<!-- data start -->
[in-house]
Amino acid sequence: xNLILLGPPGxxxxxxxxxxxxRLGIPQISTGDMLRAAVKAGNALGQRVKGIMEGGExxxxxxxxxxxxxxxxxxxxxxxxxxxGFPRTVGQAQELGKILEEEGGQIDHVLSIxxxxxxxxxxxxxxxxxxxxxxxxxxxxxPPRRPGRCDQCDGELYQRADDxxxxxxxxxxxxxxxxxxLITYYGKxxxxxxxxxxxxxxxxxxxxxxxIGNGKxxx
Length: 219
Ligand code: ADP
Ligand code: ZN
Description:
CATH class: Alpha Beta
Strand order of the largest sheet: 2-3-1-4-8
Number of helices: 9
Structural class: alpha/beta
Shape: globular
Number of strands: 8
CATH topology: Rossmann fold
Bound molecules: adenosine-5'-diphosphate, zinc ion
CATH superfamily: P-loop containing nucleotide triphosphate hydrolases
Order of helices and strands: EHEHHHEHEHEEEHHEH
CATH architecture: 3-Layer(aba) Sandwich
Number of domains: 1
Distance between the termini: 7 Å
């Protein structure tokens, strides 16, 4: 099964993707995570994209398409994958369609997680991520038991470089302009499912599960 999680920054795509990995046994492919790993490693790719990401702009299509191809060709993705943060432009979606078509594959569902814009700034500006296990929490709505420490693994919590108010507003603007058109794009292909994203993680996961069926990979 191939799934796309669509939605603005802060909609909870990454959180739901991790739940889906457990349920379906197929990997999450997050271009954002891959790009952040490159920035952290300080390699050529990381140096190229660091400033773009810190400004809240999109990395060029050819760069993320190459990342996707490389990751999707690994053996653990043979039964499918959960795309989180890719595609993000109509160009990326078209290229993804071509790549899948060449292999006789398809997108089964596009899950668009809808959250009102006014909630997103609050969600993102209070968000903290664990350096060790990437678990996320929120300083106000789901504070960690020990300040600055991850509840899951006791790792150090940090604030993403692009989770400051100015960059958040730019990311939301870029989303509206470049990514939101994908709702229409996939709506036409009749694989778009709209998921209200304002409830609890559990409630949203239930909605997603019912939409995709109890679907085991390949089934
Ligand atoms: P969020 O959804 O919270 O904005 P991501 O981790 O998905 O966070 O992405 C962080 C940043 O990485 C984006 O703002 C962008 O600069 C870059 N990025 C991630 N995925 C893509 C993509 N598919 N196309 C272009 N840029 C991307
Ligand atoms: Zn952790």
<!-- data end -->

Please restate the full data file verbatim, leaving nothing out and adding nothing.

[in-house]
Amino acid sequence: xNLILLGPPGxxxxxxxxxxxxRLGIPQISTGDMLRAAVKAGNALGQRVKGIMEGGExxxxxxxxxxxxxxxxxxxxxxxxxxxGFPRTVGQAQELGKILEEEGGQIDHVLSIxxxxxxxxxxxxxxxxxxxxxxxxxxxxxPPRRPGRCDQCDGELYQRADDxxxxxxxxxxxxxxxxxxLITYYGKxxxxxxxxxxxxxxxxxxxxxxxIGNGKxxx
Length: 219
Ligand code: ADP
Ligand code: ZN
Description:
CATH class: Alpha Beta
Strand order of the largest sheet: 2-3-1-4-8
Number of helices: 9
Structural class: alpha/beta
Shape: globular
Number of strands: 8
CATH topology: Rossmann fold
Bound molecules: adenosine-5'-diphosphate, zinc ion
CATH superfamily: P-loop containing nucleotide triphosphate hydrolases
Order of helices and strands: EHEHHHEHEHEEEHHEH
CATH architecture: 3-Layer(aba) Sandwich
Number of domains: 1
Distance between the termini: 7 Å
């Protein structure tokens, strides 16, 4: 099964993707995570994209398409994958369609997680991520038991470089302009499912599960 999680920054795509990995046994492919790993490693790719990401702009299509191809060709993705943060432009979606078509594959569902814009700034500006296990929490709505420490693994919590108010507003603007058109794009292909994203993680996961069926990979 191939799934796309669509939605603005802060909609909870990454959180739901991790739940889906457990349920379906197929990997999450997050271009954002891959790009952040490159920035952290300080390699050529990381140096190229660091400033773009810190400004809240999109990395060029050819760069993320190459990342996707490389990751999707690994053996653990043979039964499918959960795309989180890719595609993000109509160009990326078209290229993804071509790549899948060449292999006789398809997108089964596009899950668009809808959250009102006014909630997103609050969600993102209070968000903290664990350096060790990437678990996320929120300083106000789901504070960690020990300040600055991850509840899951006791790792150090940090604030993403692009989770400051100015960059958040730019990311939301870029989303509206470049990514939101994908709702229409996939709506036409009749694989778009709209998921209200304002409830609890559990409630949203239930909605997603019912939409995709109890679907085991390949089934
Ligand atoms: P969020 O959804 O919270 O904005 P991501 O981790 O998905 O966070 O992405 C962080 C940043 O990485 C984006 O703002 C962008 O600069 C870059 N990025 C991630 N995925 C893509 C993509 N598919 N196309 C272009 N840029 C991307
Ligand atoms: Zn952790």